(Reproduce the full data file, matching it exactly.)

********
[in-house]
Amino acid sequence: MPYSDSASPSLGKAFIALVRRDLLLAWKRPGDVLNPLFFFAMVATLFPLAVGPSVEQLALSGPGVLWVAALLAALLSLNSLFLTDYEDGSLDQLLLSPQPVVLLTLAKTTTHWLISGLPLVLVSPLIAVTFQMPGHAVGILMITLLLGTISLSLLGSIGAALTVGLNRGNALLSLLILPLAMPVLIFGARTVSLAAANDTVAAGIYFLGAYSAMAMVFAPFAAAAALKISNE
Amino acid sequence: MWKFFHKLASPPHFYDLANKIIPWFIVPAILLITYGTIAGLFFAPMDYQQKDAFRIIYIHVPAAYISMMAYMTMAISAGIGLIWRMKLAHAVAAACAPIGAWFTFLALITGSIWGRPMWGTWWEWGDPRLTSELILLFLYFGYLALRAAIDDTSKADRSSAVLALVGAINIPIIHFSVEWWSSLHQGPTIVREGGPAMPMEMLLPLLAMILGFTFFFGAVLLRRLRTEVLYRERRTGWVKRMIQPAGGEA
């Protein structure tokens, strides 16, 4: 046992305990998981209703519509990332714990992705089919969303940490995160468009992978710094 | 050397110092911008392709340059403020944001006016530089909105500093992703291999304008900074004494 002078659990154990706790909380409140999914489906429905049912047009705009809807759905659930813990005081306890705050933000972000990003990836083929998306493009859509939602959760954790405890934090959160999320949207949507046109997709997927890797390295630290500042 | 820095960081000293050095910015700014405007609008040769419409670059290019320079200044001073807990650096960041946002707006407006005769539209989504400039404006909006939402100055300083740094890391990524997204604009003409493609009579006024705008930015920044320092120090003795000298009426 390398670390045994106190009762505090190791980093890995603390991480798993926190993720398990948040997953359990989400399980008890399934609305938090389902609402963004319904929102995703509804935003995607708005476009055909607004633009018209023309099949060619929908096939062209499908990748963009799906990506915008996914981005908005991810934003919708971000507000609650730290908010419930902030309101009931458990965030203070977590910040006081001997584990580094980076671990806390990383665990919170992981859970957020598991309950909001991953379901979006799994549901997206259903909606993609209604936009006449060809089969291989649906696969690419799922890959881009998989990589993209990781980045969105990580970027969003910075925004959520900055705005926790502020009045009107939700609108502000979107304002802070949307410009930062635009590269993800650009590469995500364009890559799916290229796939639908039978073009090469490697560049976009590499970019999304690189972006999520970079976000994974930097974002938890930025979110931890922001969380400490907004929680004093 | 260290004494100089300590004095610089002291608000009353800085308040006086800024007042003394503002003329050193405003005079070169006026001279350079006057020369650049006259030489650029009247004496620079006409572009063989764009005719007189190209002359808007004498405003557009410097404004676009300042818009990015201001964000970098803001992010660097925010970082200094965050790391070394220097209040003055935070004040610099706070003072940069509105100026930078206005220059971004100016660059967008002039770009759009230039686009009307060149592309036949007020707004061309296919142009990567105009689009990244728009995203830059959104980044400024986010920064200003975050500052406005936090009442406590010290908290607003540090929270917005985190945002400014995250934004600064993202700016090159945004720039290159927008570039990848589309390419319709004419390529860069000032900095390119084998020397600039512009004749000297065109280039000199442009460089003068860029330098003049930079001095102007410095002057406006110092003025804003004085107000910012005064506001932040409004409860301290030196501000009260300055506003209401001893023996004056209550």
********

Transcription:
[in-house]
Amino acid sequence: MPYSDSASPSLGKAFIALVRRDLLLAWKRPGDVLNPLFFFAMVATLFPLAVGPSVEQLALSGPGVLWVAALLAALLSLNSLFLTDYEDGSLDQLLLSPQPVVLLTLAKTTTHWLISGLPLVLVSPLIAVTFQMPGHAVGILMITLLLGTISLSLLGSIGAALTVGLNRGNALLSLLILPLAMPVLIFGARTVSLAAANDTVAAGIYFLGAYSAMAMVFAPFAAAAALKISNE
Amino acid sequence: MWKFFHKLASPPHFYDLANKIIPWFIVPAILLITYGTIAGLFFAPMDYQQKDAFRIIYIHVPAAYISMMAYMTMAISAGIGLIWRMKLAHAVAAACAPIGAWFTFLALITGSIWGRPMWGTWWEWGDPRLTSELILLFLYFGYLALRAAIDDTSKADRSSAVLALVGAINIPIIHFSVEWWSSLHQGPTIVREGGPAMPMEMLLPLLAMILGFTFFFGAVLLRRLRTEVLYRERRTGWVKRMIQPAGGEA
């Protein structure tokens, strides 16, 4: 046992305990998981209703519509990332714990992705089919969303940490995160468009992978710094 | 050397110092911008392709340059403020944001006016530089909105500093992703291999304008900074004494 002078659990154990706790909380409140999914489906429905049912047009705009809807759905659930813990005081306890705050933000972000990003990836083929998306493009859509939602959760954790405890934090959160999320949207949507046109997709997927890797390295630290500042 | 820095960081000293050095910015700014405007609008040769419409670059290019320079200044001073807990650096960041946002707006407006005769539209989504400039404006909006939402100055300083740094890391990524997204604009003409493609009579006024705008930015920044320092120090003795000298009426 390398670390045994106190009762505090190791980093890995603390991480798993926190993720398990948040997953359990989400399980008890399934609305938090389902609402963004319904929102995703509804935003995607708005476009055909607004633009018209023309099949060619929908096939062209499908990748963009799906990506915008996914981005908005991810934003919708971000507000609650730290908010419930902030309101009931458990965030203070977590910040006081001997584990580094980076671990806390990383665990919170992981859970957020598991309950909001991953379901979006799994549901997206259903909606993609209604936009006449060809089969291989649906696969690419799922890959881009998989990589993209990781980045969105990580970027969003910075925004959520900055705005926790502020009045009107939700609108502000979107304002802070949307410009930062635009590269993800650009590469995500364009890559799916290229796939639908039978073009090469490697560049976009590499970019999304690189972006999520970079976000994974930097974002938890930025979110931890922001969380400490907004929680004093 | 260290004494100089300590004095610089002291608000009353800085308040006086800024007042003394503002003329050193405003005079070169006026001279350079006057020369650049006259030489650029009247004496620079006409572009063989764009005719007189190209002359808007004498405003557009410097404004676009300042818009990015201001964000970098803001992010660097925010970082200094965050790391070394220097209040003055935070004040610099706070003072940069509105100026930078206005220059971004100016660059967008002039770009759009230039686009009307060149592309036949007020707004061309296919142009990567105009689009990244728009995203830059959104980044400024986010920064200003975050500052406005936090009442406590010290908290607003540090929270917005985190945002400014995250934004600064993202700016090159945004720039290159927008570039990848589309390419319709004419390529860069000032900095390119084998020397600039512009004749000297065109280039000199442009460089003068860029330098003049930079001095102007410095002057406006110092003025804003004085107000910012005064506001932040409004409860301290030196501000009260300055506003209401001893023996004056209550």